Former Crosslake mayor Darrell Swanson also stepped up to the microphone. He said when he was mayor 17 years ago, they did work to improve the sewer system, and a sewer district was brought up as a potential follow-up discussion.

"Maybe 17 years later, it's time," said Swanson. "We will spend a little money, but it's an investment."

Swanson also encouraged the city to find funding through something that would place the burden on homesteaders and visitors alike, such as a sales tax, because he said the sewer was something they would all benefit from.

At the end of the conversation, there was interest from both the public and the council to form a committee and move forward with researching the possibility of a sewer district. At the regular monthly council meeting Monday, Jan. 14, the council plans to officially create such a committee.

City facility needs

One of the most contested topics among Crosslake citizens and council members is the update to the administrative and emergency facilities.

While many residents agreed when it came to the sewer updates, responses in this conversation were much more widespread.

Fire Chief Chip Lohmiller and Police Chief Erik Lee reiterated their concerns about facility space and safety.

"The city is growing, our needs are growing," said Lohmiller.

"We have said time and again that we're out of space," said Lee. "We were outgrown in 1997 when we hired a fifth officer."

Lee likened their situation to the previous conversation regarding the sewer project. Someone had told an anecdote about a man who hadn't gotten his system checked in nearly 30 years.

"Just because it flushes, doesn't necessarily mean it's working the best," said Lee. "We need updated facilities."

Public opinion ranged from support for Lohmiller and Lee's requests to questions about how much space they truly needed.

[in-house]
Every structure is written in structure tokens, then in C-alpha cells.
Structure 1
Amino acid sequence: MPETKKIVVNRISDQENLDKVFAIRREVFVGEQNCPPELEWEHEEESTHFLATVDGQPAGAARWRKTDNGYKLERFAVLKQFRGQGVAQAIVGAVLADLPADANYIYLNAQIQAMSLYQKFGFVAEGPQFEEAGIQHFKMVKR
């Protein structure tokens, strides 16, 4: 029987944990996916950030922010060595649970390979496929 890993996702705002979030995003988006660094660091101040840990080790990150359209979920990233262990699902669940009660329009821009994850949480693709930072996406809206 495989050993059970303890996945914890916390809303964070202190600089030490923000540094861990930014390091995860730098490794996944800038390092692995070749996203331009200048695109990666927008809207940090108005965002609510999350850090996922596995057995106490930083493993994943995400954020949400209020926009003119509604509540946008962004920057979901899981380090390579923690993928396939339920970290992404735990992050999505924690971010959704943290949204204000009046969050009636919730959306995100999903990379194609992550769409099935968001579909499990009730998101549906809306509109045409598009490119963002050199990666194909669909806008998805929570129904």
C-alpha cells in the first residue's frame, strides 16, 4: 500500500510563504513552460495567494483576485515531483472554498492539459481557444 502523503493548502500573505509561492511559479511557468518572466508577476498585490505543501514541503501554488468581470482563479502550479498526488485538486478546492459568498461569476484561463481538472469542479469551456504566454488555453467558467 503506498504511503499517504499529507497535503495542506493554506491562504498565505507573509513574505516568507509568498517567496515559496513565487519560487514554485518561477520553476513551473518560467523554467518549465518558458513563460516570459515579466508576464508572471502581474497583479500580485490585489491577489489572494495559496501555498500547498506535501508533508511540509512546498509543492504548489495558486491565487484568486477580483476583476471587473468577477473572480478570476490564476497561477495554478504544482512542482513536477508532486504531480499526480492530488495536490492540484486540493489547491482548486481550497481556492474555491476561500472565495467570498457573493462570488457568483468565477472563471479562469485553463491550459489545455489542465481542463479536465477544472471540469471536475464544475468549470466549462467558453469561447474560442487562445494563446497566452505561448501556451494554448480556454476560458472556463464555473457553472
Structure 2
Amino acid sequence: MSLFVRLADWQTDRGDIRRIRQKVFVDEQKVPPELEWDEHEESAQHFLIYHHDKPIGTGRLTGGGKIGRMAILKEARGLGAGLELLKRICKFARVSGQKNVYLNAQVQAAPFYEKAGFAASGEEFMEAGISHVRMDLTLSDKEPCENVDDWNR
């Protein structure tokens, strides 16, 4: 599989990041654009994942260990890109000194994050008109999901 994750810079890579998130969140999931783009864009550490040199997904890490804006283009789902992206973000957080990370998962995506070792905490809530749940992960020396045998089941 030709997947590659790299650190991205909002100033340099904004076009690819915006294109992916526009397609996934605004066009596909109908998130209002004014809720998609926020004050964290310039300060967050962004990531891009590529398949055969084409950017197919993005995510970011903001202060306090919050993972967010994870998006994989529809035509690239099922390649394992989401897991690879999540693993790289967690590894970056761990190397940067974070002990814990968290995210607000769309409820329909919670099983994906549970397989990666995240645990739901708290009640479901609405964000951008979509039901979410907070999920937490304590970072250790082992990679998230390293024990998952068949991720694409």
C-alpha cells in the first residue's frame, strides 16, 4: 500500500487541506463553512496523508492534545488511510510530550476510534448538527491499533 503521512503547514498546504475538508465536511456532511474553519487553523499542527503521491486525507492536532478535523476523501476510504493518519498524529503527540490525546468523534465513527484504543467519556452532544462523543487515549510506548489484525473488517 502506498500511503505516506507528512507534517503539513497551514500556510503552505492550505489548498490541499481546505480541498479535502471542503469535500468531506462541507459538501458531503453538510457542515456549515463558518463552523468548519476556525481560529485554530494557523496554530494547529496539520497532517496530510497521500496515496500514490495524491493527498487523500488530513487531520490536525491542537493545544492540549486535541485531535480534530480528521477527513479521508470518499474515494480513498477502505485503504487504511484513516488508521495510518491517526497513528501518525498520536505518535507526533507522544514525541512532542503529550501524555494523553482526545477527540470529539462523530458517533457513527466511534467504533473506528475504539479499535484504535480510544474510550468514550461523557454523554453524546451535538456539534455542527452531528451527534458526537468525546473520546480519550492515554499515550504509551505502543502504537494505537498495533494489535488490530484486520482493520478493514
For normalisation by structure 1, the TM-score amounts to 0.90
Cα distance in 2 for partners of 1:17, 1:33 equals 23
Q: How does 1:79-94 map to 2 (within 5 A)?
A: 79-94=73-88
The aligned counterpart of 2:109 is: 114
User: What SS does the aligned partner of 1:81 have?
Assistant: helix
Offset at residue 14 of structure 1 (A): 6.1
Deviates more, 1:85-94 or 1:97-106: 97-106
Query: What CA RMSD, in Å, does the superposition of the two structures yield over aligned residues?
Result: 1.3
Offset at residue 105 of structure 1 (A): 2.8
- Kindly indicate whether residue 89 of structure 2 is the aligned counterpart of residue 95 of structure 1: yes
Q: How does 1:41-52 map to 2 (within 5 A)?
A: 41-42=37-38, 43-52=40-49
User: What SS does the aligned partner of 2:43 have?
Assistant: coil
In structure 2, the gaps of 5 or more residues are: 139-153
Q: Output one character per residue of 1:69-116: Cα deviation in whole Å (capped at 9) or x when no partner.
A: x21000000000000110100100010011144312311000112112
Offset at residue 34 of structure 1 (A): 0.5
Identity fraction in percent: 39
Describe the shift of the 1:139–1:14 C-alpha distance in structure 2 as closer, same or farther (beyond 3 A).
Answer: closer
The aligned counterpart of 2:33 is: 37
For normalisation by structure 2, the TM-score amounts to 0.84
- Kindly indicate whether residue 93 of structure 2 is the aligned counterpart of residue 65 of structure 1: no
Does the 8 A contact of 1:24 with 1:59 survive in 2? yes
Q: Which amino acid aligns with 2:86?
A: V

Many people seemed doubtful that the recommendations given by Five Bugles Design were all necessary. Others voiced concern about the phrase "a 50-year building" that has been used to describe the proposed facility.

Mark Wessels, former Crosslake council member, said he didn't disagree that they need more space, but the proposal seemed like a huge jump in size.

"Planning ahead 50 years in the future is impossible to do," he said.

Crosslake residents were also divided when it came to alternate solutions. Some said remodeling the current structure would be enough. Others once again suggested purchasing the available property adjacent to city hall to expand the campus. Still others questioned why the city was worried about spending money on sewer expansion when the fire and police departments had more pressing needs.

Similar to the conversation about the sewer project, there was community interest in forming a committee to explore options. At the Monday, Jan. 14, regular monthly council meeting, the council plans to approve the committee.

Nevin encouraged forming both committees.

"We need to set deadlines so we don't have this conversation again in a year," he said.